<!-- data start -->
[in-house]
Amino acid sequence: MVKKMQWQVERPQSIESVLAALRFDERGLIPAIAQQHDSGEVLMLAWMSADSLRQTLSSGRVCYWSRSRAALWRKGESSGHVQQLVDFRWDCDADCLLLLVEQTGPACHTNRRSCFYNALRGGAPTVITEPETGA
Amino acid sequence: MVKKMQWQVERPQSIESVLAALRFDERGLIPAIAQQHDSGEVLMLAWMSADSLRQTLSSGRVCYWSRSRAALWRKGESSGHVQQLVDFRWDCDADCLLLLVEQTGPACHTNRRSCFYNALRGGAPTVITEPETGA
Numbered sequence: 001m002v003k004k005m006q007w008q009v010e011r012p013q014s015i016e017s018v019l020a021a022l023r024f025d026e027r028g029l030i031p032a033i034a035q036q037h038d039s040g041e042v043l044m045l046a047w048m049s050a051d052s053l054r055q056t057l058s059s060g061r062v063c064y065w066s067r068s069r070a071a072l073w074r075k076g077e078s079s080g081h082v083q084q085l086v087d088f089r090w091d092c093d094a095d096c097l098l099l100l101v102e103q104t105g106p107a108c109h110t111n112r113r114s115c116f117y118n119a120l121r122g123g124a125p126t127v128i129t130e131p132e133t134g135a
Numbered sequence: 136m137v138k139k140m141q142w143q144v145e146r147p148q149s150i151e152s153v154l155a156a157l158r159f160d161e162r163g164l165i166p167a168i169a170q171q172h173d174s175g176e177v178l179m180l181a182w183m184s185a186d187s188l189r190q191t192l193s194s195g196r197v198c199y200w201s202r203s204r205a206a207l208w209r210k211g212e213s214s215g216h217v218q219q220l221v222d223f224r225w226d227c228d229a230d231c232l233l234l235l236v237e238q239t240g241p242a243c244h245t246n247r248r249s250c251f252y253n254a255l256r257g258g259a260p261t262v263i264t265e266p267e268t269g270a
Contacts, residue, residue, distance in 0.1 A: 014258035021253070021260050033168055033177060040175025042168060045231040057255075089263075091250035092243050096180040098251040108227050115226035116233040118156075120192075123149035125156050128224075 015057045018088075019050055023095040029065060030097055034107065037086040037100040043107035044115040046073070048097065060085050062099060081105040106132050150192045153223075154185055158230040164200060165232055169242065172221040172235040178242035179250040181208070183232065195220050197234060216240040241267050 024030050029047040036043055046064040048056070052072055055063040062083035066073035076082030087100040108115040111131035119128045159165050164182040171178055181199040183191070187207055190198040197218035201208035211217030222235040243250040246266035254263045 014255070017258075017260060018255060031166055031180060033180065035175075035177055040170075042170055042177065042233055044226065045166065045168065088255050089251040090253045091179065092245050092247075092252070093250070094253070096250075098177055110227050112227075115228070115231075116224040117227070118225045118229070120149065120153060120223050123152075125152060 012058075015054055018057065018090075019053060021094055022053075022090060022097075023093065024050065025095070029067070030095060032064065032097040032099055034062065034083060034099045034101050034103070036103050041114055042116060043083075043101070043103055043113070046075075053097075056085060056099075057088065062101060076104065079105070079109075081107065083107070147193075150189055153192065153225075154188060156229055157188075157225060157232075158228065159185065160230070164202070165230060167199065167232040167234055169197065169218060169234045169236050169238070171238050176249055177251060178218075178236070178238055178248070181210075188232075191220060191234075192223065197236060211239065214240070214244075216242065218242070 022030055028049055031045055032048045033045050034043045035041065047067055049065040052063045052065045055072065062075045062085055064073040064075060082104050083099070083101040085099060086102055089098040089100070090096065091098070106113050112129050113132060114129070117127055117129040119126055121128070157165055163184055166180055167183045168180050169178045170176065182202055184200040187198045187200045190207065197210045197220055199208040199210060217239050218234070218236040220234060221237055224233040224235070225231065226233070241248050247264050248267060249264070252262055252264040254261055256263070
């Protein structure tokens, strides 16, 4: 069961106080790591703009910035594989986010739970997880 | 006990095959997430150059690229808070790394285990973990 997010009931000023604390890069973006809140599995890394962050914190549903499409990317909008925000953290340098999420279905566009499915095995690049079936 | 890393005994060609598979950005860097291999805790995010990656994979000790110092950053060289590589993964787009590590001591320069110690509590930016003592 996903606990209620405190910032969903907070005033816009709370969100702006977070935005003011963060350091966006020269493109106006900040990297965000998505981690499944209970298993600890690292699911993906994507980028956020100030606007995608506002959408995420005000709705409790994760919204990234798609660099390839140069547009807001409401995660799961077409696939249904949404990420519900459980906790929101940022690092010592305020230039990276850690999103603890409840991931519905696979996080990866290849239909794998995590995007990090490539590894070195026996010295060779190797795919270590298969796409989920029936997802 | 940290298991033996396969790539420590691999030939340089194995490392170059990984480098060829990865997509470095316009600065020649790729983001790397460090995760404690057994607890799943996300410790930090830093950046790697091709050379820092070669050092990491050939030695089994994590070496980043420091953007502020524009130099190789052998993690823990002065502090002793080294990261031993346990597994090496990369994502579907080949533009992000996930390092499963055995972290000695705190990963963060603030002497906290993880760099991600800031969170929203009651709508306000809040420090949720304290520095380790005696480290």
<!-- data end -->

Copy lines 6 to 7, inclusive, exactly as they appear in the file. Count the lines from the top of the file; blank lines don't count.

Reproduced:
Contacts, residue, residue, distance in 0.1 A: 014258035021253070021260050033168055033177060040175025042168060045231040057255075089263075091250035092243050096180040098251040108227050115226035116233040118156075120192075123149035125156050128224075 015057045018088075019050055023095040029065060030097055034107065037086040037100040043107035044115040046073070048097065060085050062099060081105040106132050150192045153223075154185055158230040164200060165232055169242065172221040172235040178242035179250040181208070183232065195220050197234060216240040241267050 024030050029047040036043055046064040048056070052072055055063040062083035066073035076082030087100040108115040111131035119128045159165050164182040171178055181199040183191070187207055190198040197218035201208035211217030222235040243250040246266035254263045 014255070017258075017260060018255060031166055031180060033180065035175075035177055040170075042170055042177065042233055044226065045166065045168065088255050089251040090253045091179065092245050092247075092252070093250070094253070096250075098177055110227050112227075115228070115231075116224040117227070118225045118229070120149065120153060120223050123152075125152060 012058075015054055018057065018090075019053060021094055022053075022090060022097075023093065024050065025095070029067070030095060032064065032097040032099055034062065034083060034099045034101050034103070036103050041114055042116060043083075043101070043103055043113070046075075053097075056085060056099075057088065062101060076104065079105070079109075081107065083107070147193075150189055153192065153225075154188060156229055157188075157225060157232075158228065159185065160230070164202070165230060167199065167232040167234055169197065169218060169234045169236050169238070171238050176249055177251060178218075178236070178238055178248070181210075188232075191220060191234075192223065197236060211239065214240070214244075216242065218242070 022030055028049055031045055032048045033045050034043045035041065047067055049065040052063045052065045055072065062075045062085055064073040064075060082104050083099070083101040085099060086102055089098040089100070090096065091098070106113050112129050113132060114129070117127055117129040119126055121128070157165055163184055166180055167183045168180050169178045170176065182202055184200040187198045187200045190207065197210045197220055199208040199210060217239050218234070218236040220234060221237055224233040224235070225231065226233070241248050247264050248267060249264070252262055252264040254261055256263070
């Protein structure tokens, strides 16, 4: 069961106080790591703009910035594989986010739970997880 | 006990095959997430150059690229808070790394285990973990 997010009931000023604390890069973006809140599995890394962050914190549903499409990317909008925000953290340098999420279905566009499915095995690049079936 | 890393005994060609598979950005860097291999805790995010990656994979000790110092950053060289590589993964787009590590001591320069110690509590930016003592 996903606990209620405190910032969903907070005033816009709370969100702006977070935005003011963060350091966006020269493109106006900040990297965000998505981690499944209970298993600890690292699911993906994507980028956020100030606007995608506002959408995420005000709705409790994760919204990234798609660099390839140069547009807001409401995660799961077409696939249904949404990420519900459980906790929101940022690092010592305020230039990276850690999103603890409840991931519905696979996080990866290849239909794998995590995007990090490539590894070195026996010295060779190797795919270590298969796409989920029936997802 | 940290298991033996396969790539420590691999030939340089194995490392170059990984480098060829990865997509470095316009600065020649790729983001790397460090995760404690057994607890799943996300410790930090830093950046790697091709050379820092070669050092990491050939030695089994994590070496980043420091953007502020524009130099190789052998993690823990002065502090002793080294990261031993346990597994090496990369994502579907080949533009992000996930390092499963055995972290000695705190990963963060603030002497906290993880760099991600800031969170929203009651709508306000809040420090949720304290520095380790005696480290």